Transitioning to motherhood was one of the hardest things I’ve ever experienced.
I’ll never forget week one of my firstborn son’s life. I felt a sense of tiredness not comparable to anything I had ever known. My emotions soared from the heights of, “I love him so much” to the lows of, “Why did I want to have a baby?” with a constant throb of, “Wow, this is a lot harder than I expected.” I hurt all over from the combination of labor and my c-section and was petrified to change diapers around that ugly looking cord “thing” and his healing circumcision. The whole experience of becoming a new mom shook my world.
Then there was day 8. For my husband and I it is a sort of day that will live in infamy on our parenting journey. That was the day we decided to go out for one hour, alone. It had been a whole week since we had some alone time – so why not? I both hesitantly and eagerly handed the baby over to my mother and got in the car for a trip to a local ice cream place.
We ordered and sat down and then it took about 2 minutes for my tears to start. My poor husband didn’t know what was happening. Soon my tears had progressed from a controllable, wipe-off-able trickle into a full-blown, no hiding it, sob. Why was it so hard? Why didn’t I feel euphoria over having the child I had always wanted? Why wasn’t our ice cream order ready yet?
We returned home. I fed the baby. We were tired. But, instead of sleep, this would be the night we learned that breastfeeding babies and, for me, dairy, do not mix. That was a lesson we learned until 6am the next morning, after exhausting every trick we knew in a vain attempt to get the crying to STOP.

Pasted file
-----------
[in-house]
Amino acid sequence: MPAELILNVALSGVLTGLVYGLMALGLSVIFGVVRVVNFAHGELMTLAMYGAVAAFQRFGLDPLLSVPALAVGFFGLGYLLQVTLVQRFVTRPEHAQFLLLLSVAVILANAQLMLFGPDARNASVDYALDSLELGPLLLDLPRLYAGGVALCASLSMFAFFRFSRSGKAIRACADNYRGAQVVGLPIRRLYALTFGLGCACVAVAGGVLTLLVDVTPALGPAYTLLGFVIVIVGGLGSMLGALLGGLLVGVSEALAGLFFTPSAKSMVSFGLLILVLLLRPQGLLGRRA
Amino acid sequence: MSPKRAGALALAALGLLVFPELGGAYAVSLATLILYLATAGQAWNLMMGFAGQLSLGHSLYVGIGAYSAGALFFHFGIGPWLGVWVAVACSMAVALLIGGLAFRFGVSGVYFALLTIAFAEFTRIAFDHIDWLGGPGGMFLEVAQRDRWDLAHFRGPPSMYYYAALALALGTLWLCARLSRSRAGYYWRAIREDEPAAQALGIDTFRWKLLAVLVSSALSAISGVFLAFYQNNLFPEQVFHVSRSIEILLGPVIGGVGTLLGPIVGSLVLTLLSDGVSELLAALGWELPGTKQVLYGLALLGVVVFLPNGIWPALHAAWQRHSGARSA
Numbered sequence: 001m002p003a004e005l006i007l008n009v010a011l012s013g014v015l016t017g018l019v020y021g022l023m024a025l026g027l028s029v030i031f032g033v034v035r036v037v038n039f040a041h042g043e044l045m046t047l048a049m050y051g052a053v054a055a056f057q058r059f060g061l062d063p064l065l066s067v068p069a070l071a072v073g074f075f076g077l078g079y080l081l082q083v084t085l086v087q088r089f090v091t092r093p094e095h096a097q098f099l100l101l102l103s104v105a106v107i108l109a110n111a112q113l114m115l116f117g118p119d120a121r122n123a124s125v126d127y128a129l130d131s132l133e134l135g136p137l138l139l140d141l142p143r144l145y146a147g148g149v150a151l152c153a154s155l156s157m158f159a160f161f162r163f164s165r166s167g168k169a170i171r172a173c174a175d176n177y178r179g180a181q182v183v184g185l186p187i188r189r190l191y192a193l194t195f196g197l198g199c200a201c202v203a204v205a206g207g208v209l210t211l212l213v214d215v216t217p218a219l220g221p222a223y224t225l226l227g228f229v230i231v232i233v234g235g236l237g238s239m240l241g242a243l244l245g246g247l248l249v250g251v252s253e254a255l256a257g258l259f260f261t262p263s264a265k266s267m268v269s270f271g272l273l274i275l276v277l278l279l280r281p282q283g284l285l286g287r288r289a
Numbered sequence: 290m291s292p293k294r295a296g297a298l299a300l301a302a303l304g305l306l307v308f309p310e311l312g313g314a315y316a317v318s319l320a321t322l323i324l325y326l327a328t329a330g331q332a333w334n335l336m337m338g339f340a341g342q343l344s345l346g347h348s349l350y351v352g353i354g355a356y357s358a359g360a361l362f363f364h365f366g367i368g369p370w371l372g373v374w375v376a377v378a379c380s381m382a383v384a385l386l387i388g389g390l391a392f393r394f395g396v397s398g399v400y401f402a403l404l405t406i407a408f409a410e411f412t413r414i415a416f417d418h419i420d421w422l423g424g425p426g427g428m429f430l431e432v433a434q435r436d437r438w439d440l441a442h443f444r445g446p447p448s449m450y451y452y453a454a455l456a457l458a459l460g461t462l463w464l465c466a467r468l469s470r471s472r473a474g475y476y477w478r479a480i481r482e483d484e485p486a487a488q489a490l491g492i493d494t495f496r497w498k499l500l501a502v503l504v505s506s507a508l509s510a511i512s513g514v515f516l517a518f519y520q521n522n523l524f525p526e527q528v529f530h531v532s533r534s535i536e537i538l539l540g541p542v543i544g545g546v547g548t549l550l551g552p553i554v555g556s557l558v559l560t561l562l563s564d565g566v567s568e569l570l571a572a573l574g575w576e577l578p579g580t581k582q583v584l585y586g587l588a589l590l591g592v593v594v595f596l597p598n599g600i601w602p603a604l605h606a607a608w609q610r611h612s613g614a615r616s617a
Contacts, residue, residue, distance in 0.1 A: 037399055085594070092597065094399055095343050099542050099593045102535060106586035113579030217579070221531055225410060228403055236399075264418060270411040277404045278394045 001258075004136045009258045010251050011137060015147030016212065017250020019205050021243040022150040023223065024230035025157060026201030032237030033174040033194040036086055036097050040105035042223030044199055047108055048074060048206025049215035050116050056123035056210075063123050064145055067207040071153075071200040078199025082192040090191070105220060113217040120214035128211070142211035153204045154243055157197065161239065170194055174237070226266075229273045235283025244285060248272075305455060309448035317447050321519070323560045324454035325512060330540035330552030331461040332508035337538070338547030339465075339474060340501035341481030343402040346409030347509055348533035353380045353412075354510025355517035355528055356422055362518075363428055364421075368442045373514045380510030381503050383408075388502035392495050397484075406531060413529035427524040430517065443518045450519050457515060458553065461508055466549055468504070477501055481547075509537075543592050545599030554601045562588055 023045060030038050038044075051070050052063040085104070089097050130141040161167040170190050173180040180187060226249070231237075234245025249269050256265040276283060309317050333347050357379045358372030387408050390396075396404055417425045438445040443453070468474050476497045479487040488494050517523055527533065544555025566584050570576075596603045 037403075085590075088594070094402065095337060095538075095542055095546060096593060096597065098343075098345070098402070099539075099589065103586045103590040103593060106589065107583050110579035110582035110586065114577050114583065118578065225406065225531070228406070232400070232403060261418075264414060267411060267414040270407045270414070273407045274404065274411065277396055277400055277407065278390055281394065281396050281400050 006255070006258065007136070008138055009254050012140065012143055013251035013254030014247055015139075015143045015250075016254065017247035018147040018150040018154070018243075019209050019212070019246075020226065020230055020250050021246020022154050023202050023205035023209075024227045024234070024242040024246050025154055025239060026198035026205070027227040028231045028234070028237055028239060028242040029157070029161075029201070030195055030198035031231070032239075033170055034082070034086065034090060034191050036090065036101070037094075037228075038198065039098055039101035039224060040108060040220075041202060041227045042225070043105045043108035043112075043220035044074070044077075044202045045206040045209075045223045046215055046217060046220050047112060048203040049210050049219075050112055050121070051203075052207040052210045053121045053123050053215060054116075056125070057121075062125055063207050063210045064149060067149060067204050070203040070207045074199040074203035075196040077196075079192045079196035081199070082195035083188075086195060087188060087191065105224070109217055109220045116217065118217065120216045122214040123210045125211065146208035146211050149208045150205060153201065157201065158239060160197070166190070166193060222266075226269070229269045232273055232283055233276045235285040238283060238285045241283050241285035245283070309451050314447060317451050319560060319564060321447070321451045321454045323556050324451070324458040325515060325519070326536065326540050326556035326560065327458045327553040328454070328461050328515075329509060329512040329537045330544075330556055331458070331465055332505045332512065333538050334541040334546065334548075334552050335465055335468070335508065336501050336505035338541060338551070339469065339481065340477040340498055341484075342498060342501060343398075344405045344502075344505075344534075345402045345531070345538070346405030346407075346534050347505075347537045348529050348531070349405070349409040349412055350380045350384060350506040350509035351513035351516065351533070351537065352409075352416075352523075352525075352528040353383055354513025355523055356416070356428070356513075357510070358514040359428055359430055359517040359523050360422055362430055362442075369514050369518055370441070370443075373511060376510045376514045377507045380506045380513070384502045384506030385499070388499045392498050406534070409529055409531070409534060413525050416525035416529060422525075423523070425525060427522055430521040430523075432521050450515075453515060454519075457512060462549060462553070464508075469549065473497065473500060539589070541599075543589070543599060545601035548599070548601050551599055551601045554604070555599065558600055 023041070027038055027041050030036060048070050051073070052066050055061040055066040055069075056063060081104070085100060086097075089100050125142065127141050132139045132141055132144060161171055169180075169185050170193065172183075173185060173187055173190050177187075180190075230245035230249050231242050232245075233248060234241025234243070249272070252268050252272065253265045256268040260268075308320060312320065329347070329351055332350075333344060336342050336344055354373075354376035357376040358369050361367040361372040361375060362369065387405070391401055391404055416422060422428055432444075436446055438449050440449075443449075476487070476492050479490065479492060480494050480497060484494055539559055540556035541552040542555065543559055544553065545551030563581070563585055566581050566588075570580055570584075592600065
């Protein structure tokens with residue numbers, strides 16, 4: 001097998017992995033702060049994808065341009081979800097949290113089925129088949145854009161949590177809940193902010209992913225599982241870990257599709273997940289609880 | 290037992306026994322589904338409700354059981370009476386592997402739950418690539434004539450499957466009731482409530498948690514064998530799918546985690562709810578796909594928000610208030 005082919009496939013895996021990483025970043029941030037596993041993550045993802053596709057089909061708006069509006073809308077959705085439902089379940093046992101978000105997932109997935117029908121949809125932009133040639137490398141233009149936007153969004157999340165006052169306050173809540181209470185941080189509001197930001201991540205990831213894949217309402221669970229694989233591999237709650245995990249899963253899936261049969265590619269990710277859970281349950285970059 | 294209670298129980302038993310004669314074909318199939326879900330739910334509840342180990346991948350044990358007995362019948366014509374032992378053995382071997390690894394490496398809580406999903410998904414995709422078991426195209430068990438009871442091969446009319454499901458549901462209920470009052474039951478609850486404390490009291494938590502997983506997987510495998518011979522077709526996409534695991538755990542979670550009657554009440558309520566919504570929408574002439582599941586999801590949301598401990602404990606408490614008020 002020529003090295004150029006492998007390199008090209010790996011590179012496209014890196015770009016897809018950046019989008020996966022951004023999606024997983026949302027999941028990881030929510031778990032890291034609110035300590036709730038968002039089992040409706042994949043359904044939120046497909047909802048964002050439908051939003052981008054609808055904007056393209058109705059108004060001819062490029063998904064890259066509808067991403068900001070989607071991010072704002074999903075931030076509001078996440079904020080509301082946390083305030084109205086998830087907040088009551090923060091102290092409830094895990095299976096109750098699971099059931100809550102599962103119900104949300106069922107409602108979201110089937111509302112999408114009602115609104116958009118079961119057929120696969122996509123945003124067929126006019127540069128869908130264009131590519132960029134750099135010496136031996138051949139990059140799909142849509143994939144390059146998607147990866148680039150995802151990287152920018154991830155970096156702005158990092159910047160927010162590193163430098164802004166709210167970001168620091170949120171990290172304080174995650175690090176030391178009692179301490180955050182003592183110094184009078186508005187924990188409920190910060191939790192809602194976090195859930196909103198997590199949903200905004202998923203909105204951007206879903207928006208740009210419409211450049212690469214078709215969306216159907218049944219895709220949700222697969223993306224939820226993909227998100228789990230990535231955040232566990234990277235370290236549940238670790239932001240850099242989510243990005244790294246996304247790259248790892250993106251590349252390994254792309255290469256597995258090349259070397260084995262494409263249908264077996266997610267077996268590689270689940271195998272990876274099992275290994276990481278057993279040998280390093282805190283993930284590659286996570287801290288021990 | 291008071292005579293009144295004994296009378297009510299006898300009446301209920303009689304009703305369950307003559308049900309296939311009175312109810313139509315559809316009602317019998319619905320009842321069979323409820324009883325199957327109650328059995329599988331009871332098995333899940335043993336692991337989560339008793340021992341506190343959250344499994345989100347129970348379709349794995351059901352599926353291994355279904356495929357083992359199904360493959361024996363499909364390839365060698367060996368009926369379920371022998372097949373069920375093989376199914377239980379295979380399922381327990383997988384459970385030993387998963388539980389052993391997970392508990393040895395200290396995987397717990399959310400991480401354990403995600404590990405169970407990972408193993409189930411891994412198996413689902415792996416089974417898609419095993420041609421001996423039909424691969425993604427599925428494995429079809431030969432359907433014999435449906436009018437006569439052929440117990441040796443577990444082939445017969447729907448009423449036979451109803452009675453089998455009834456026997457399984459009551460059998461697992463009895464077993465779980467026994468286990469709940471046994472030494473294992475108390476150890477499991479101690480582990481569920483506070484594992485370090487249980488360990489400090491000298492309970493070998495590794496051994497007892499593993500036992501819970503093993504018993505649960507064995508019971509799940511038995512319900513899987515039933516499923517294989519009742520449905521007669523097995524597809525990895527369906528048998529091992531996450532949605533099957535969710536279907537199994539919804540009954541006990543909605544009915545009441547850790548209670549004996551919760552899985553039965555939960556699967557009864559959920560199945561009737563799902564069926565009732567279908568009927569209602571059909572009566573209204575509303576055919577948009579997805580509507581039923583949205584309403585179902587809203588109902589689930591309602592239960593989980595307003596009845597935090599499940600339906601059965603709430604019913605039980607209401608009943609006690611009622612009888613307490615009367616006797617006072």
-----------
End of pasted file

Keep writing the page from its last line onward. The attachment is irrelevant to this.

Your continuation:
For me, embracing the new role of motherhood was a struggle most of that first year. Beyond the obvious challenge of figuring out how to care for a newborn – I had a constant internal struggle. It felt like this little person was running my life. I balked at having a new “boss.” He told me what I couldn’t eat, wouldn’t let me sleep, and seemed to need attention just when I would sit down to do something very important (like post pictures of him on Facebook). I had been a single and independent working girl for more than a decade post-college. I had earned positions in my career where I had lots of liberty and very few people to whom I had to answer. Now, a newborn was dictating the details of my life.
Fast forward to a few weeks ago when we welcomed our 4th child into this world. He’s calm and relaxed – but so are his parents (now). He’ll probably sleep most of tonight because I’m not going to touch anything that’s even remotely related to a dairy cow. I’ll happily change his diaper to make him comfortable, even though the gross piece of umbilical cord is bound to get in my way.
So what happened? Well, in short, I think I gave up.
Yes. I gave up ice cream, unlimited time at the gym, and sleeping through the night. I gave up the ability to shop for countless hours or have coffee with friends without having to watch the clock. I gave up uninterrupted phone calls, unlimited time to write, frequent travel, and the job that required all of that. In short, I gave up doing what I felt like doing, when I felt like doing it. I gave up my freedom and I surrendered… to motherhood.
It was my surrender that somehow allowed me to morph into a mom–or, more accurately– a happier mom. I had to stop lamenting the loss of my old life and come to the reality that yes, life-with-baby was different, but it would have a whole new set of benefits. Giving up allowed me to relax, enjoy, and embrace the privilege of being a mother.
As my children have done some morphing of their own–from babies into toddlers and preschoolers, I’ve had to give up even more. Privacy (like using the bathroom with the door all the way closed), sitting down for meals, and watching the Today show instead of Curious George, are luxuries I sometimes miss. But, the list of what I’ve gained from “giving up” is too long to capture in words. And, I can’t imagine life any other way.